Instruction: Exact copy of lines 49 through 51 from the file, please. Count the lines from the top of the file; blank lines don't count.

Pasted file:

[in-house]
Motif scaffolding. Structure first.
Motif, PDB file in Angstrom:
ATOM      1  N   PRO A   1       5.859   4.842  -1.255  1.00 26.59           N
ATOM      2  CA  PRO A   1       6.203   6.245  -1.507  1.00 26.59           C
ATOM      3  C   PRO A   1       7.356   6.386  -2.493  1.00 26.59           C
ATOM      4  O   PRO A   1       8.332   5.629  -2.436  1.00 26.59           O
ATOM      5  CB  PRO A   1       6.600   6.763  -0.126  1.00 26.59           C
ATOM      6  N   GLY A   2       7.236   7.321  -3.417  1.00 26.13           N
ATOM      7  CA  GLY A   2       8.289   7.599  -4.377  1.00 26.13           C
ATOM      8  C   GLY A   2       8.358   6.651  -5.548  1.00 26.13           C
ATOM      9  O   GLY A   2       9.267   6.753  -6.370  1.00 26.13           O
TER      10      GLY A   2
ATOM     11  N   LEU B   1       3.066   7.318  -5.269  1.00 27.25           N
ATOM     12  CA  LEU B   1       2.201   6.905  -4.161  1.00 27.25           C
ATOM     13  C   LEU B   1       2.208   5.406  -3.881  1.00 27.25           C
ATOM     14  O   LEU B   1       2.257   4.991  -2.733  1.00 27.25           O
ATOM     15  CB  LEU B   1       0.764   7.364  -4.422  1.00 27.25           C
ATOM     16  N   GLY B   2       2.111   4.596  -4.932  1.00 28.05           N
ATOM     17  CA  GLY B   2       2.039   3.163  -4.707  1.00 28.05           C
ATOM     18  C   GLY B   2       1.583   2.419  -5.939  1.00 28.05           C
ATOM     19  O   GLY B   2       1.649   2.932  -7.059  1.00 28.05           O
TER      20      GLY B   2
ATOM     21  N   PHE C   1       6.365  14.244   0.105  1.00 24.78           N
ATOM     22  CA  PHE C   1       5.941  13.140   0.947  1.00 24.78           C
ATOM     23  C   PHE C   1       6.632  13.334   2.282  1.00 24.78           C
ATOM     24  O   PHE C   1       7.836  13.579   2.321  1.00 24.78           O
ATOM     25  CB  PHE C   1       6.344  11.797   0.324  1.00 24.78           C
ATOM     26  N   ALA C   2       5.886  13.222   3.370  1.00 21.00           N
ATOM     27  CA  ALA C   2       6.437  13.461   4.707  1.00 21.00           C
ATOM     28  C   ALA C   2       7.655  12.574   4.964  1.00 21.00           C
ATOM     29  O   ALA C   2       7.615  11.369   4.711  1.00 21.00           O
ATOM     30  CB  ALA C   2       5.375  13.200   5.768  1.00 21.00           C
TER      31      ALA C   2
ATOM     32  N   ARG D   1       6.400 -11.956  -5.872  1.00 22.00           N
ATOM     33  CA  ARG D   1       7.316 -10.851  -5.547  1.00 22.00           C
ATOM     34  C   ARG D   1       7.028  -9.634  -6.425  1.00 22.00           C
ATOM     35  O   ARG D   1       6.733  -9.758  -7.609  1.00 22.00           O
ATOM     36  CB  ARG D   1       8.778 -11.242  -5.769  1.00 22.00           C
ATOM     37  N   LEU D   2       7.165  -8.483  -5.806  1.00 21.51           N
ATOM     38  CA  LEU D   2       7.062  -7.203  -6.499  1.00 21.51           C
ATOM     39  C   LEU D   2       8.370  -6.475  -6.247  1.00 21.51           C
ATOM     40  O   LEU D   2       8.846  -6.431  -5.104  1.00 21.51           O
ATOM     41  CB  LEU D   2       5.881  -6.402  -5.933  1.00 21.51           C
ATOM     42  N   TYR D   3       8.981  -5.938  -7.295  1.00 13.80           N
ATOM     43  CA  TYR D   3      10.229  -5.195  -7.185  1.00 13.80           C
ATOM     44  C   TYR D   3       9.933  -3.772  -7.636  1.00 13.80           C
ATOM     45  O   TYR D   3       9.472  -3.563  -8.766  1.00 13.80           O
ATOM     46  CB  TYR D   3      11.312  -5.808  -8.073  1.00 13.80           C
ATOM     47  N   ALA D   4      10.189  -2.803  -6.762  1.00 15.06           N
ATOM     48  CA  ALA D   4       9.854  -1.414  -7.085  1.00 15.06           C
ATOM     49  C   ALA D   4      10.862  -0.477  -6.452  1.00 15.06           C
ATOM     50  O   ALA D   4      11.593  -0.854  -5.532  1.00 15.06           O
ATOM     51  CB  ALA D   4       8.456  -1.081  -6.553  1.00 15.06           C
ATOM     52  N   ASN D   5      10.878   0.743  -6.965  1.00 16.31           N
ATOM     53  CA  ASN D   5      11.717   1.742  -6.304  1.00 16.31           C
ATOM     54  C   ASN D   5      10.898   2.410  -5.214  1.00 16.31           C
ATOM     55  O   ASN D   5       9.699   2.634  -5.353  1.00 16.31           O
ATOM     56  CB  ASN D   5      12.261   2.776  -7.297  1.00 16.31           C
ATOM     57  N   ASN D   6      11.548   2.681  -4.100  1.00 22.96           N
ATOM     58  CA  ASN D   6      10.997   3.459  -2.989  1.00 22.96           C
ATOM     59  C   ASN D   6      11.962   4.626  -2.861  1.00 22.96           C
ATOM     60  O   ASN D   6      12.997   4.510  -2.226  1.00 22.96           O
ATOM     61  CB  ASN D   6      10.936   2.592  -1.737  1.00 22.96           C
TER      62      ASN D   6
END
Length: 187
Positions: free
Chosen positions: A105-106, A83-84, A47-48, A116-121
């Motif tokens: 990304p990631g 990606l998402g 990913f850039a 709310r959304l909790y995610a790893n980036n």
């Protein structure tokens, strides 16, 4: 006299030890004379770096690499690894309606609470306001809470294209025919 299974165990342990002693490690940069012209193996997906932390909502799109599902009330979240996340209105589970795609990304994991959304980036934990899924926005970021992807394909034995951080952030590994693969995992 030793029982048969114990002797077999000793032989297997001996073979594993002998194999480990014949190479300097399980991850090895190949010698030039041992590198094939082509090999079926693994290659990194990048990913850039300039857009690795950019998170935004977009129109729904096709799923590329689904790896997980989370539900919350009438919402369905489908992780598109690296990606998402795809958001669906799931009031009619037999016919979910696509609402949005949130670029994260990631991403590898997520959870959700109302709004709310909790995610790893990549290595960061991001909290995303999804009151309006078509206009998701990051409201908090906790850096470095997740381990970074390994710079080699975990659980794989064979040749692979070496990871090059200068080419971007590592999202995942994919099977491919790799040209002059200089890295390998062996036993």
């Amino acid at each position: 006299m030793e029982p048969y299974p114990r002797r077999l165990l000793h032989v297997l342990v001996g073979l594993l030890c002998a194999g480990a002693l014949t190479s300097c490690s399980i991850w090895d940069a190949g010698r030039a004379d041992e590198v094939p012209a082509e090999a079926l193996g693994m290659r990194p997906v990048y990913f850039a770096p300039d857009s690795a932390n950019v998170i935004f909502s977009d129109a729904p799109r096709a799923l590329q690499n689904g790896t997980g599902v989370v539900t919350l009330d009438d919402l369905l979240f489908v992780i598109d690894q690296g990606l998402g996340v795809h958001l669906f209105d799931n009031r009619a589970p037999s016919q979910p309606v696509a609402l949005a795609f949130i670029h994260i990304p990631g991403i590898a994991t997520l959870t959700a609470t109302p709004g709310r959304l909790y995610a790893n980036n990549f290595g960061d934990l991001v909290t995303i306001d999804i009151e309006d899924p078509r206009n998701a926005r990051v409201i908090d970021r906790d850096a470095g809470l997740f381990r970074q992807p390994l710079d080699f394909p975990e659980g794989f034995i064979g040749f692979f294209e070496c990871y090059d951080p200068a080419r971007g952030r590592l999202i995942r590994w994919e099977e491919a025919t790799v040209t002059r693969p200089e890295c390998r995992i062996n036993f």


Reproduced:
ATOM     46  CB  TYR D   3      11.312  -5.808  -8.073  1.00 13.80           C
ATOM     47  N   ALA D   4      10.189  -2.803  -6.762  1.00 15.06           N
ATOM     48  CA  ALA D   4       9.854  -1.414  -7.085  1.00 15.06           C